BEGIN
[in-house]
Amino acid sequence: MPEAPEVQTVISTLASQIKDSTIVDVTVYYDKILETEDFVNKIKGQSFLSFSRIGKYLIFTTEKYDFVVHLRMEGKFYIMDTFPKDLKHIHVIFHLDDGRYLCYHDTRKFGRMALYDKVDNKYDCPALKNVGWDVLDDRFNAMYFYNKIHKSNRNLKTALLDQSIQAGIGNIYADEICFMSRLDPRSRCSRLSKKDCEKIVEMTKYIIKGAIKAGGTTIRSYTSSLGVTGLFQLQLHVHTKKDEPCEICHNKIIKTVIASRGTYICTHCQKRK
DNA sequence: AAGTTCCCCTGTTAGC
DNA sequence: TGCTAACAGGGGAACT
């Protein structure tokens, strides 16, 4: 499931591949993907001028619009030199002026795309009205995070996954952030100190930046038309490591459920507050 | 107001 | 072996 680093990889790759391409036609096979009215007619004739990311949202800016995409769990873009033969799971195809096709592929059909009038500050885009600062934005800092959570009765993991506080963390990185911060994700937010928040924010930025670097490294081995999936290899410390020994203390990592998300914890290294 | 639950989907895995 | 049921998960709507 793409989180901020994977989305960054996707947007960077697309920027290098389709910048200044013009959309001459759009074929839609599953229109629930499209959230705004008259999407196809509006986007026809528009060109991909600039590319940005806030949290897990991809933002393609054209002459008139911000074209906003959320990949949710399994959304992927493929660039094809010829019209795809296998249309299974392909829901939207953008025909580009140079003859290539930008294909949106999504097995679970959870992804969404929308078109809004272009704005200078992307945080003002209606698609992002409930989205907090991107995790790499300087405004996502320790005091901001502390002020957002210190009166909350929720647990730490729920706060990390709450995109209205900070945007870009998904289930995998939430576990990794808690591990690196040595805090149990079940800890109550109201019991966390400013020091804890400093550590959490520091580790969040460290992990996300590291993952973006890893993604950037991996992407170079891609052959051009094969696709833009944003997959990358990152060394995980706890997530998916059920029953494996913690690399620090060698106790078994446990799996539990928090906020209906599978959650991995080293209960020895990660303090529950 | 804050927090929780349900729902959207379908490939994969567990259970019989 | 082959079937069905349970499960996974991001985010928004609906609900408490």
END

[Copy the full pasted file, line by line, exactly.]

[in-house]
Amino acid sequence: MPEAPEVQTVISTLASQIKDSTIVDVTVYYDKILETEDFVNKIKGQSFLSFSRIGKYLIFTTEKYDFVVHLRMEGKFYIMDTFPKDLKHIHVIFHLDDGRYLCYHDTRKFGRMALYDKVDNKYDCPALKNVGWDVLDDRFNAMYFYNKIHKSNRNLKTALLDQSIQAGIGNIYADEICFMSRLDPRSRCSRLSKKDCEKIVEMTKYIIKGAIKAGGTTIRSYTSSLGVTGLFQLQLHVHTKKDEPCEICHNKIIKTVIASRGTYICTHCQKRK
DNA sequence: AAGTTCCCCTGTTAGC
DNA sequence: TGCTAACAGGGGAACT
């Protein structure tokens, strides 16, 4: 499931591949993907001028619009030199002026795309009205995070996954952030100190930046038309490591459920507050 | 107001 | 072996 680093990889790759391409036609096979009215007619004739990311949202800016995409769990873009033969799971195809096709592929059909009038500050885009600062934005800092959570009765993991506080963390990185911060994700937010928040924010930025670097490294081995999936290899410390020994203390990592998300914890290294 | 639950989907895995 | 049921998960709507 793409989180901020994977989305960054996707947007960077697309920027290098389709910048200044013009959309001459759009074929839609599953229109629930499209959230705004008259999407196809509006986007026809528009060109991909600039590319940005806030949290897990991809933002393609054209002459008139911000074209906003959320990949949710399994959304992927493929660039094809010829019209795809296998249309299974392909829901939207953008025909580009140079003859290539930008294909949106999504097995679970959870992804969404929308078109809004272009704005200078992307945080003002209606698609992002409930989205907090991107995790790499300087405004996502320790005091901001502390002020957002210190009166909350929720647990730490729920706060990390709450995109209205900070945007870009998904289930995998939430576990990794808690591990690196040595805090149990079940800890109550109201019991966390400013020091804890400093550590959490520091580790969040460290992990996300590291993952973006890893993604950037991996992407170079891609052959051009094969696709833009944003997959990358990152060394995980706890997530998916059920029953494996913690690399620090060698106790078994446990799996539990928090906020209906599978959650991995080293209960020895990660303090529950 | 804050927090929780349900729902959207379908490939994969567990259970019989 | 082959079937069905349970499960996974991001985010928004609906609900408490």